Again, this type of thing calls for a little more conversation and a little less action. Bring a bottle of wine if you must, but if you think that living together is too big of a step to take right now, then level with your lady and talk it out like big boys and girls. You can give her a drawer in your dresser if you need to ease her mind and make her feel welcome, but if she’s achieved squatter status – and not the good kind – without running it by you first, then ignoring the situation will only cause you to get frustrated and blow up at her about it down the line.

When you’ve lost touch with Sunday Night Football… and all of your friends:

People alllllllways say they won’t become “one of those couples,” the couple who only spends time with each other and uses the ‘we’ as if they’re 1800’s British royalty. It’s all too easy, though, to lose yourself in a relationship; sex is awesome, girls smell good, and the prospect of watching your boys strike out at the club can sound like torture when compared to a night in with your good-smelling booty buddy. It’s not rocket science. But if you’re going on weeks without seeing daylight and the boys’ night invitations are waning, then you might be in danger of falling into a horrifyingly deep relationship abyss.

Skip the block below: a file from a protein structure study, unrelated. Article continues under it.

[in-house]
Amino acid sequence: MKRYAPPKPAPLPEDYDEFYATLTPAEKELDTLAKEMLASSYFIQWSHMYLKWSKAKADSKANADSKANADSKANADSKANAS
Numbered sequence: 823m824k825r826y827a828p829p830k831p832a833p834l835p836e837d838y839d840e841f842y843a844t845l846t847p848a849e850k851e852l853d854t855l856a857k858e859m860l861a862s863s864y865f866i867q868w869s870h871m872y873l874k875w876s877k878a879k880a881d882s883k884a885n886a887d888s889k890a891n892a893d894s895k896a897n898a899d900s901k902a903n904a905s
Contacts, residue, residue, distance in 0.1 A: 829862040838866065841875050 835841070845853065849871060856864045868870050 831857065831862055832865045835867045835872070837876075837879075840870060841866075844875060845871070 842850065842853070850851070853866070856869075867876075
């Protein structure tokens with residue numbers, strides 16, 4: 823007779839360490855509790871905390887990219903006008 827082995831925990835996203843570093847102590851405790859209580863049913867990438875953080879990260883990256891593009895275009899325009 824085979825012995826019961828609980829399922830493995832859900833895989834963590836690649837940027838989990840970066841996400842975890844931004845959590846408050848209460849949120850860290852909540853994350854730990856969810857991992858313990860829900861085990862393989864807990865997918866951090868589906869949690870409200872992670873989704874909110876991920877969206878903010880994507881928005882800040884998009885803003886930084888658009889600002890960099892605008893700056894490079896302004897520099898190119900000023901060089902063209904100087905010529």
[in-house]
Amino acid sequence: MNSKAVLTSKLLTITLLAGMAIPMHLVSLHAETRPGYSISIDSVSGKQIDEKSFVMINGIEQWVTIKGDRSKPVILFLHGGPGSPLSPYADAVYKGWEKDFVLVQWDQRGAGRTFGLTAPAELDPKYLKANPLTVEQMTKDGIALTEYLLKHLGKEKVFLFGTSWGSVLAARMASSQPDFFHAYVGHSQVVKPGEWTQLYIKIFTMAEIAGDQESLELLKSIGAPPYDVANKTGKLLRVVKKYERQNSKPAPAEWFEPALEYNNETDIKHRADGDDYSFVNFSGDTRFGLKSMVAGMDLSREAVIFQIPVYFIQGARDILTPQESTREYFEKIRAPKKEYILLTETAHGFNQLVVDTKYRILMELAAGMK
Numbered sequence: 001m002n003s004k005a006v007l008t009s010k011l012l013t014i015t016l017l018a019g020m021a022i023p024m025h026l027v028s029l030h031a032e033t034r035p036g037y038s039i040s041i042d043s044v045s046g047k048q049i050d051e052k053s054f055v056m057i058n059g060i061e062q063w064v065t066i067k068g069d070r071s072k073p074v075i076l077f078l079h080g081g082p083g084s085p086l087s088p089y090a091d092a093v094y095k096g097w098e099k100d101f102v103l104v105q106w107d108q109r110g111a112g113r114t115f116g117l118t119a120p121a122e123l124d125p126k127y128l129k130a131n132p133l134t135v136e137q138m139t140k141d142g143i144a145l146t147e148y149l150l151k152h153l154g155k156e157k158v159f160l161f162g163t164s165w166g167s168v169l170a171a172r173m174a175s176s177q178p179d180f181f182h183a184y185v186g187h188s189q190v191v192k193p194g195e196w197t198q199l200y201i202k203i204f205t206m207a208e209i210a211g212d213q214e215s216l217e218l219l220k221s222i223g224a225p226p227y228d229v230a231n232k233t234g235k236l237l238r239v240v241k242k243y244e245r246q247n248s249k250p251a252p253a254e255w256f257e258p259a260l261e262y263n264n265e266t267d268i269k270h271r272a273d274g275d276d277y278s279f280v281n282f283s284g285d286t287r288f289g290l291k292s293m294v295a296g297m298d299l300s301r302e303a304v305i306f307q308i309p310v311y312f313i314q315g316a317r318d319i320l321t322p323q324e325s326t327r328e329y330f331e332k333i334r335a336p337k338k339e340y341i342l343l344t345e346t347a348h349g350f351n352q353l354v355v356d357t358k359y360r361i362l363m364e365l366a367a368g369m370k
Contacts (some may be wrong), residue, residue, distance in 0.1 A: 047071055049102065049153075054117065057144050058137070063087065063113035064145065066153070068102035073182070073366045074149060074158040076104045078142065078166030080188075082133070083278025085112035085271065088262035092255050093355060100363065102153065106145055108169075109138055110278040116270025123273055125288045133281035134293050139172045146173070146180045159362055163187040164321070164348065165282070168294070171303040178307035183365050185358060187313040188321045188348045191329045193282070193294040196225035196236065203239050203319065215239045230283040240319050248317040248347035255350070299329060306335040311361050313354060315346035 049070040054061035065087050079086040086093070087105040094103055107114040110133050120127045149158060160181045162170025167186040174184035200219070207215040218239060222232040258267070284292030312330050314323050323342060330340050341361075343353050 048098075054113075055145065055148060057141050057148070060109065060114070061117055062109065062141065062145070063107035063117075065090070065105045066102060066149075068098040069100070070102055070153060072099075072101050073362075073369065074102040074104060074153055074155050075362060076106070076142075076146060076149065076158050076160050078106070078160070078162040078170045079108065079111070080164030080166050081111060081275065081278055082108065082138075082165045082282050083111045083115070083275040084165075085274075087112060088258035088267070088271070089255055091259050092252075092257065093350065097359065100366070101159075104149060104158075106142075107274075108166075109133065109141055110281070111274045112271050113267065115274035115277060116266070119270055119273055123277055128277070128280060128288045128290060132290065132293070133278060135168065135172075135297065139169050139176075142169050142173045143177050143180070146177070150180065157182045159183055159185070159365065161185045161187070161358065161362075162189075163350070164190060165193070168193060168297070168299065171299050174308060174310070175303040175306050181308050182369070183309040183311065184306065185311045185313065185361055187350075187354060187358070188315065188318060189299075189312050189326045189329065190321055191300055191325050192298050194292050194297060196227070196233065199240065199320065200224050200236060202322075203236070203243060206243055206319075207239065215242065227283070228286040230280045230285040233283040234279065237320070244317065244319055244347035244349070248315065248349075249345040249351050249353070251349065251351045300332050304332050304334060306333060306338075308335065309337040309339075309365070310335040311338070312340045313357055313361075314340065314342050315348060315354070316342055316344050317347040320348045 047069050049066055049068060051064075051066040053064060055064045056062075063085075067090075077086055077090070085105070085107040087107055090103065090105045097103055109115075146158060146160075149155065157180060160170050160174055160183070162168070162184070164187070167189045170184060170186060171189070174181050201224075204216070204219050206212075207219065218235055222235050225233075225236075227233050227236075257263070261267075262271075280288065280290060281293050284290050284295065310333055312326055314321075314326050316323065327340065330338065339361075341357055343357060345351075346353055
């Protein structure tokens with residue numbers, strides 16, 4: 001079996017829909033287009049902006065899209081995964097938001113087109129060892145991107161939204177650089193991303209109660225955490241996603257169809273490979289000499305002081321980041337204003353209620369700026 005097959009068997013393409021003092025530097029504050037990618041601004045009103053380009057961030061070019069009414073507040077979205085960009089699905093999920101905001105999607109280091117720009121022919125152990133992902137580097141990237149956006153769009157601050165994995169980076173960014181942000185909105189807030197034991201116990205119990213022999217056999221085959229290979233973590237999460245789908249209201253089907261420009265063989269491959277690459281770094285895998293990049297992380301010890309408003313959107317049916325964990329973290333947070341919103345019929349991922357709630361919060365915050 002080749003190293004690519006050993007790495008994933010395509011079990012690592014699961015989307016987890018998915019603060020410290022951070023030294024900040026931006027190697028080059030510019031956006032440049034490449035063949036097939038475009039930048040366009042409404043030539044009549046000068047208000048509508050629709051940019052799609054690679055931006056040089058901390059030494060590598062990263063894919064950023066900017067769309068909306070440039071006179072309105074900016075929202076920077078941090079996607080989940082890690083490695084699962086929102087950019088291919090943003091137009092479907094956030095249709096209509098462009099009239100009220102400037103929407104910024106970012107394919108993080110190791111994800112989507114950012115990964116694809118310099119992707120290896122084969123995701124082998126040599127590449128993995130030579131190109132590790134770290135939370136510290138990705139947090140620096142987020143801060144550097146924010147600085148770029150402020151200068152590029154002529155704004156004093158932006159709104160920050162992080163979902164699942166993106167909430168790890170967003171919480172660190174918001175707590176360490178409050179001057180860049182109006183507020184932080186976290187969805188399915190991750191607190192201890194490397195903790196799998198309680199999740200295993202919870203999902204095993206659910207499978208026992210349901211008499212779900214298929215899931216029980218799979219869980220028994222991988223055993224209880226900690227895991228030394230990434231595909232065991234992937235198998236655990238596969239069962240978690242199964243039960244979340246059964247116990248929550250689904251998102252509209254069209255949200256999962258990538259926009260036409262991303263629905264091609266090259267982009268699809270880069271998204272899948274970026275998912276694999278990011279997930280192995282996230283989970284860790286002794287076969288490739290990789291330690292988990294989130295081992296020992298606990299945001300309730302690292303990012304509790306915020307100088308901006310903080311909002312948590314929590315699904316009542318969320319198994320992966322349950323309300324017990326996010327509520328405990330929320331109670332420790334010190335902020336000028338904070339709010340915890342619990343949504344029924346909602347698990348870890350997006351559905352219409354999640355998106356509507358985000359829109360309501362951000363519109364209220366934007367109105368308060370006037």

If you’ve entered into this situation unknowingly, then your girl probably did the same, meaning you can both get back to your besties without making too big of a deal out of it. If she’s reluctant to give up her 24/7 subscription to the You channel, though, then you’ve unwittingly bedded down with a life moocher, for which there is only one solution: ground rules. You need your space. You owe her an explanation (you can’t just become MIA to prove a point), but you don’t owe her your mental health, so if she insists upon taking up all of your time, then get her straight or get out. These things don’t work themselves out over time; they only get worse, to the point of waking up a year from now and realizing that the only non-girlfriend relationships you have exist solely on Twitter.